Walker Strikes (Mostly) the Right Notes
As he declares a state of economic emergency and conducts his special "Wisconsin Is Open for Business" session, Gov. Scott Walker is hitting most of the right notes, and people doing business or thinking about doing business in Wisconsin should take comfort in that.
With the goal of creating 250,000 new jobs over the next four years, expect a series of pro-growth policies, all aimed at improving Wisconsin's suspect business climate, to be introduced in the Legislature. The forecast is for tax relief, regulation reform, legal reforms and, in the case of the Department of Commerce, agency reorganization.
Job One is Less Taxing
For the small business sector, Walker is pursuing something long overdue — to end the taxation of health savings accounts. Wisconsin is one of few states in the nation to tax HSAs, and removing the tax can not only help make health care insurance more affordable for entrepreneurs, but enhance our competitiveness. HSA tax deductibility legislation is modeled on a proposal that passed the Legislature twice in 2005, but was vetoed; if enacted this time, consumers would save between $4 million and $8 million, according to Walker.
A second piece of legislation he will introduce seeks to overhaul Wisconsin's regulatory process. It will give the Legislature explicit authority to regulate the bureaucracy, add another layer of review before a rule can be implemented, and modify the process in which a rule can be challenged, moving the venue from Dane County Circuit Court to the county circuit court where the plaintiff resides. Hopefully, rules and regulations won't go beyond what is outlined in state statutes; when they do, it's a sign of bureaucracy run amok.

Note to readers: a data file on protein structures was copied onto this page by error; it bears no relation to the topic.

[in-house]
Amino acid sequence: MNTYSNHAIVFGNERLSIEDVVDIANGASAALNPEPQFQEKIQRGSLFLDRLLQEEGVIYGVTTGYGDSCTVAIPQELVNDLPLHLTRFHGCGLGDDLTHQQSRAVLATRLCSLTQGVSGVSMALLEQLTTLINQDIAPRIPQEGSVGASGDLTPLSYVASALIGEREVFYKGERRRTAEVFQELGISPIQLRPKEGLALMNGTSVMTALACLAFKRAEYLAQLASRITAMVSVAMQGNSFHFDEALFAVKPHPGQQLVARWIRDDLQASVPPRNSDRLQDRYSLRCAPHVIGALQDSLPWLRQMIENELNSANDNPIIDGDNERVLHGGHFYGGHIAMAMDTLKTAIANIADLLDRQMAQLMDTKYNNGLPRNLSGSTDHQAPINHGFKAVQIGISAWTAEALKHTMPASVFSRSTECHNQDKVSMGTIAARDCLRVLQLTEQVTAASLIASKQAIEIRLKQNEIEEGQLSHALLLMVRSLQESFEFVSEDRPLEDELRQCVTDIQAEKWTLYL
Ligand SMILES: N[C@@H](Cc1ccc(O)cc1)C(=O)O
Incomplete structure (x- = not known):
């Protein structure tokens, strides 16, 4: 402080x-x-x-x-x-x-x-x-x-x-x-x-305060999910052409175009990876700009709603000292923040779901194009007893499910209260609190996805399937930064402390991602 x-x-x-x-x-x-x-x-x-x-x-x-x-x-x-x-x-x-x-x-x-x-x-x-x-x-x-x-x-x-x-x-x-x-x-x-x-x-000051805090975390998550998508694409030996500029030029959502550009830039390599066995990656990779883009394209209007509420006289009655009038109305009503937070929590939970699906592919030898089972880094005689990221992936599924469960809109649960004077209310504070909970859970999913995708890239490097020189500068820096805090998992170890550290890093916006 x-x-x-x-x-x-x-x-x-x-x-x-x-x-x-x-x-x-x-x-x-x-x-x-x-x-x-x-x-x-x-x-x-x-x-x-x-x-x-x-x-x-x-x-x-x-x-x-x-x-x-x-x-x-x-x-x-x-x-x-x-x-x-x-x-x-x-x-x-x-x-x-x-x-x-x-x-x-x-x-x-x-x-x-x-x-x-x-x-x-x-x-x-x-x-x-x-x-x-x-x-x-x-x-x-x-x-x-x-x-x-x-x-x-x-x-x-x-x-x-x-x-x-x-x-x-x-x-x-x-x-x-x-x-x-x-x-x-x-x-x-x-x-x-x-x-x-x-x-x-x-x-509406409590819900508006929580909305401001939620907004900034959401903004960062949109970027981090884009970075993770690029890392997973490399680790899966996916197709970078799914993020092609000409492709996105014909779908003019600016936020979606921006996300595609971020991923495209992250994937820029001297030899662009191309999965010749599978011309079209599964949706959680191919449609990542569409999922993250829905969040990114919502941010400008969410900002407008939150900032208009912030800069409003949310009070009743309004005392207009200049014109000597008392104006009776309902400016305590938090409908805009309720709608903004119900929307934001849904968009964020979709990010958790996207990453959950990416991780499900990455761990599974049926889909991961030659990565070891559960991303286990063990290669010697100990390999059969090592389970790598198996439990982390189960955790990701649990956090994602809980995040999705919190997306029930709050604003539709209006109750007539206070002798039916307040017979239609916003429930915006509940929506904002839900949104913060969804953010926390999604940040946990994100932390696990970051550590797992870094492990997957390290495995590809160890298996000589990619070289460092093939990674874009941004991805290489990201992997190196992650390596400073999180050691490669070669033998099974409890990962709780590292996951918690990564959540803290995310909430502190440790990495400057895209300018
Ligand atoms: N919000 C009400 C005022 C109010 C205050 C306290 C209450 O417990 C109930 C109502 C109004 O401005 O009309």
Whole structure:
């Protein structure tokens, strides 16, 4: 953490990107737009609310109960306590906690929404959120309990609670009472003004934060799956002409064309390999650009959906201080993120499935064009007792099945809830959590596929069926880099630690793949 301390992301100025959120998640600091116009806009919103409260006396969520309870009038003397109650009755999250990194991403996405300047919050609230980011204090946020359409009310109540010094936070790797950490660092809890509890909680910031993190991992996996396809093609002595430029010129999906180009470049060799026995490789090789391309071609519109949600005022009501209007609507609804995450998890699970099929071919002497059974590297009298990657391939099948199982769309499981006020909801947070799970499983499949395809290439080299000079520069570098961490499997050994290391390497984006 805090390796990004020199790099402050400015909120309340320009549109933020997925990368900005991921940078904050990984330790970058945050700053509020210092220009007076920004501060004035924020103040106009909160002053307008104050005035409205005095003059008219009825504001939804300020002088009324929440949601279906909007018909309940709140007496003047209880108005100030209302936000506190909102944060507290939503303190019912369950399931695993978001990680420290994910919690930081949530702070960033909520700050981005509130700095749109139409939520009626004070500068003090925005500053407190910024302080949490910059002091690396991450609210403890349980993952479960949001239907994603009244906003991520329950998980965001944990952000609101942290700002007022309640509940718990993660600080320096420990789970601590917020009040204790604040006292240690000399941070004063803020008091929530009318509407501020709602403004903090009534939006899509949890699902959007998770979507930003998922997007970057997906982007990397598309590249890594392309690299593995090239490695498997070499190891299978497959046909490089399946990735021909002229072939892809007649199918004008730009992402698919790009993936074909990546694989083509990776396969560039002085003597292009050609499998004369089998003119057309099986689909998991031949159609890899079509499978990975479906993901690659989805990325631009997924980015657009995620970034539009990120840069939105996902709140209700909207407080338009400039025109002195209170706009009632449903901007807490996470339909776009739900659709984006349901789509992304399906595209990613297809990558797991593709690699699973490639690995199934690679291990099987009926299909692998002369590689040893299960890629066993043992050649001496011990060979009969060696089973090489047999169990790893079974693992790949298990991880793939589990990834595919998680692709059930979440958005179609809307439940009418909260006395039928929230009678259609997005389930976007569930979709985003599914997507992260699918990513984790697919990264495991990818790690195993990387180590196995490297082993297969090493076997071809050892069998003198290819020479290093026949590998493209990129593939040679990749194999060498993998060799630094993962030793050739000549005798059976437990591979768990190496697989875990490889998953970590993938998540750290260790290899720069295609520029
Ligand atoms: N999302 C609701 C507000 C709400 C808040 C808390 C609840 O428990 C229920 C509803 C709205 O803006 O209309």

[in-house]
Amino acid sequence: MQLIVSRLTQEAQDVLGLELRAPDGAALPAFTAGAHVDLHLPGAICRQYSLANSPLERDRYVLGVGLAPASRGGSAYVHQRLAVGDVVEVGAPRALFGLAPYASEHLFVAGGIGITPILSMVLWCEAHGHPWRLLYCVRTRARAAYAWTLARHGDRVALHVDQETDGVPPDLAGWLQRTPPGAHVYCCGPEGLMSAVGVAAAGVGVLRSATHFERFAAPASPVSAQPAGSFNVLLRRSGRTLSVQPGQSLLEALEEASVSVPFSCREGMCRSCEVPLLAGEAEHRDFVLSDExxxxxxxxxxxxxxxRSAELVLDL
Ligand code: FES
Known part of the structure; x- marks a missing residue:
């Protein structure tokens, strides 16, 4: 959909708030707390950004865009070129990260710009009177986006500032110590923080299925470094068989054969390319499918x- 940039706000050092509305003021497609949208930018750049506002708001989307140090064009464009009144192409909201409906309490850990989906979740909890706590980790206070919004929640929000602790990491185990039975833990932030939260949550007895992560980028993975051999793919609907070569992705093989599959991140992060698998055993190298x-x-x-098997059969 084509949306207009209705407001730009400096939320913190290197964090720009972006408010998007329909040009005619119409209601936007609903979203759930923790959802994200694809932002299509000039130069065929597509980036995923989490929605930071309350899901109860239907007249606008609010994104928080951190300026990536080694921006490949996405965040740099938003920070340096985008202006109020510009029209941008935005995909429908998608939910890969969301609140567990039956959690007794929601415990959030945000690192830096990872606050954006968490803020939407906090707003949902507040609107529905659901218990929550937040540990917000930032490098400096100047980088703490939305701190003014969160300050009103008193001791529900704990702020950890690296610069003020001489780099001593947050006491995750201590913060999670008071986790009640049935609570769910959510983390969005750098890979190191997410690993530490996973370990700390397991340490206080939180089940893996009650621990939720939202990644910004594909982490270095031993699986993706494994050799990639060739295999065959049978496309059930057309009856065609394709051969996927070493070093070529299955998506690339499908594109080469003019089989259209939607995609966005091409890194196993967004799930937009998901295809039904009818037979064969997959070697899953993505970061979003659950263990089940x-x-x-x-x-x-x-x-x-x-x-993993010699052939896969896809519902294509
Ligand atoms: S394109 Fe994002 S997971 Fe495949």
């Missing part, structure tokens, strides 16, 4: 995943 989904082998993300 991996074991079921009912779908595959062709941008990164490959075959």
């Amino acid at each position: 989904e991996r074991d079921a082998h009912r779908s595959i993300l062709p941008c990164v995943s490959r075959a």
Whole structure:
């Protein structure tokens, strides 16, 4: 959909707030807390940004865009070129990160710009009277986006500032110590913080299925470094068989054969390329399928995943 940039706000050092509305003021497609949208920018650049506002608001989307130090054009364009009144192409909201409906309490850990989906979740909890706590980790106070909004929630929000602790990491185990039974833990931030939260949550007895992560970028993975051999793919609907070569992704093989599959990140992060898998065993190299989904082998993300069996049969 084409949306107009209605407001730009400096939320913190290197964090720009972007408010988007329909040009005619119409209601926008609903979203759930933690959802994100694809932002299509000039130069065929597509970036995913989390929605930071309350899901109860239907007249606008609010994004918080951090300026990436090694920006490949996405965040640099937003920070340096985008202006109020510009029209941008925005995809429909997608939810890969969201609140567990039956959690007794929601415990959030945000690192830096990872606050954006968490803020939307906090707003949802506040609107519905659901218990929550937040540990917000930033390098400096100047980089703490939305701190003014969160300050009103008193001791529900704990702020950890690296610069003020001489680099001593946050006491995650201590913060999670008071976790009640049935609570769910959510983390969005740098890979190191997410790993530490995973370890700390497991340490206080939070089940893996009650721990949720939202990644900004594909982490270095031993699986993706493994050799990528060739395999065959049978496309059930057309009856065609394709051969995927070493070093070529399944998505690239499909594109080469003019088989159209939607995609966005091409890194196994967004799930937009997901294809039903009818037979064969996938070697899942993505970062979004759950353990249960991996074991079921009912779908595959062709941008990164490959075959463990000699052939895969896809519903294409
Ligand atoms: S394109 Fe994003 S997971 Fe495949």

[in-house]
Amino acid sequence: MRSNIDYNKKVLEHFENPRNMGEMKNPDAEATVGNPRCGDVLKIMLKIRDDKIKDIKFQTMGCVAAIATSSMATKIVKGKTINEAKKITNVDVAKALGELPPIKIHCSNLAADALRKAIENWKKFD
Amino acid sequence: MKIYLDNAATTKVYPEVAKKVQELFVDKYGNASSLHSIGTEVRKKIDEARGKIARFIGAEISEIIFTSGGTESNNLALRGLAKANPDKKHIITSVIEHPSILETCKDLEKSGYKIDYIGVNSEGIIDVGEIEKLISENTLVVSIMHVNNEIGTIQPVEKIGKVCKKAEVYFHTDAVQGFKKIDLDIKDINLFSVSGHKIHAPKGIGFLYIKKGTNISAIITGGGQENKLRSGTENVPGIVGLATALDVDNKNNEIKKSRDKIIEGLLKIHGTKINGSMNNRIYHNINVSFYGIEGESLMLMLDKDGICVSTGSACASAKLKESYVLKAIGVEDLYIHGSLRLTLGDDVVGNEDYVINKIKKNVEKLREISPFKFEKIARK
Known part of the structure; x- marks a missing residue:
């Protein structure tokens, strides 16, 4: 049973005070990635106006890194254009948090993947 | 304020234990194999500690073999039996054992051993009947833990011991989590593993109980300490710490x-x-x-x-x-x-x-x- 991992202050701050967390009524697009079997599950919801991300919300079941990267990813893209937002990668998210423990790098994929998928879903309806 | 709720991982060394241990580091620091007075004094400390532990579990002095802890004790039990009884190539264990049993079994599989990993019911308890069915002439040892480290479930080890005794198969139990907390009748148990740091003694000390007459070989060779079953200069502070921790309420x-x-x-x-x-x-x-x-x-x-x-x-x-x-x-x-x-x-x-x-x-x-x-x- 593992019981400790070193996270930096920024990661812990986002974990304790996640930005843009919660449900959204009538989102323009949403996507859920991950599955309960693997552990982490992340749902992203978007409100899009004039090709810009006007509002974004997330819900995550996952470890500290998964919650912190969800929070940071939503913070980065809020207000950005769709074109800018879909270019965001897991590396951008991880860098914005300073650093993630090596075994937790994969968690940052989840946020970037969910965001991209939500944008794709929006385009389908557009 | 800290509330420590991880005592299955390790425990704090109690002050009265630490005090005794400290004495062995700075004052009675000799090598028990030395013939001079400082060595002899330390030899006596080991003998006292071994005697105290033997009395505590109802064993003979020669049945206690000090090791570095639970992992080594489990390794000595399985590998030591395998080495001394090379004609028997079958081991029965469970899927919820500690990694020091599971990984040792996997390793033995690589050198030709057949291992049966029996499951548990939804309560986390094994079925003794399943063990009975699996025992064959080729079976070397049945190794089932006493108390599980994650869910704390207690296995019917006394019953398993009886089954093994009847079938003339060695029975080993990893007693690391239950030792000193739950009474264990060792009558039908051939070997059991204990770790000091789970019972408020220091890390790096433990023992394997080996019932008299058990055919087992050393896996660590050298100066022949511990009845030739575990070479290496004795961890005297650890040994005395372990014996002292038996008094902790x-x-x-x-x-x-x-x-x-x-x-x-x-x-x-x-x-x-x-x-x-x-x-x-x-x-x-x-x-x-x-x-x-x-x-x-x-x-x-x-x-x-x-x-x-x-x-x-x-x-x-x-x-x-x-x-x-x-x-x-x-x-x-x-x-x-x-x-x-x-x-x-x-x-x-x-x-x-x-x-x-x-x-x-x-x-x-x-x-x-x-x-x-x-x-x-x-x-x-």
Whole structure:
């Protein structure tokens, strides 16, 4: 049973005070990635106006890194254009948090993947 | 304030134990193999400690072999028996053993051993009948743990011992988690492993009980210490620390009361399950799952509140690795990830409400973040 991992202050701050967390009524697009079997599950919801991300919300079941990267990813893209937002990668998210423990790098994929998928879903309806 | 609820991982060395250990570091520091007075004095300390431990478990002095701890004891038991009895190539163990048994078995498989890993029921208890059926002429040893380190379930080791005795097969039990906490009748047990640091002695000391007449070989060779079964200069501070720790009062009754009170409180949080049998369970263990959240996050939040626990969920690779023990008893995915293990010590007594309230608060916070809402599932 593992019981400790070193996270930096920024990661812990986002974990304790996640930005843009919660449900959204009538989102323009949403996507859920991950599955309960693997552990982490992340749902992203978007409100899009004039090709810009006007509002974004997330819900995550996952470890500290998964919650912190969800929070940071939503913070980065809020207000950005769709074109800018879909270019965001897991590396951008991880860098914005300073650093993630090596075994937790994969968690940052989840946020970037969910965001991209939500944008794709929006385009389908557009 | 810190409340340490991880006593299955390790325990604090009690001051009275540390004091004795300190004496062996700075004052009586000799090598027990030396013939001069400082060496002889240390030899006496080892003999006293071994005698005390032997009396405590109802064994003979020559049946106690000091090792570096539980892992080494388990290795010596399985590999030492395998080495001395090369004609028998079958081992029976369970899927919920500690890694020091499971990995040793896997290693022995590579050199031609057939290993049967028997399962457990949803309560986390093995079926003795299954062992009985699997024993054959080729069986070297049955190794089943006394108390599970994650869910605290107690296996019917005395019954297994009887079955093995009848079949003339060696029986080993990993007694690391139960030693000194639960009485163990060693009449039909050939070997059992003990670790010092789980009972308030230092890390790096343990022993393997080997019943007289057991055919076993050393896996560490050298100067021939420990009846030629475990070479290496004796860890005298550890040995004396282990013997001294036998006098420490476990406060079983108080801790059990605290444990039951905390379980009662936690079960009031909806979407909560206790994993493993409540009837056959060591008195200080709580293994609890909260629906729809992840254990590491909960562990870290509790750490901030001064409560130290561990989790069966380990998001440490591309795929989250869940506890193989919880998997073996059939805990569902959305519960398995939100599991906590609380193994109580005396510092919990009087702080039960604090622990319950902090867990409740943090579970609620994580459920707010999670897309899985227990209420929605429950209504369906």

Since the legislation will require the Governor to approve proposed rules, one Walker critic labeled it a "power grab." That made this humble columnist fall off his chair. Imagine, a chief executive exerting control over his own bureaucracy! Quite the revolutionary, that Walker.
I'm not exactly sure what can be accomplished with Walker's intention to replace the Department of Commerce with the Wisconsin Economic Development Corp., but I have an open mind. The WEDC, which is being organized as a state authority, will be led by a chief executive officer and a 12-member board of directors, and reportedly will take a public-private partnership approach to promoting commerce.
As part of this restructuring, about 400 Commerce employees will be asked to resubmit their resumes, and I hope Walker will give each of them a fair chance to explain how they can, in his words, promote commerce rather than regulate it. He should allow each of them to demonstrate the value they could bring to the quest for economic vitality.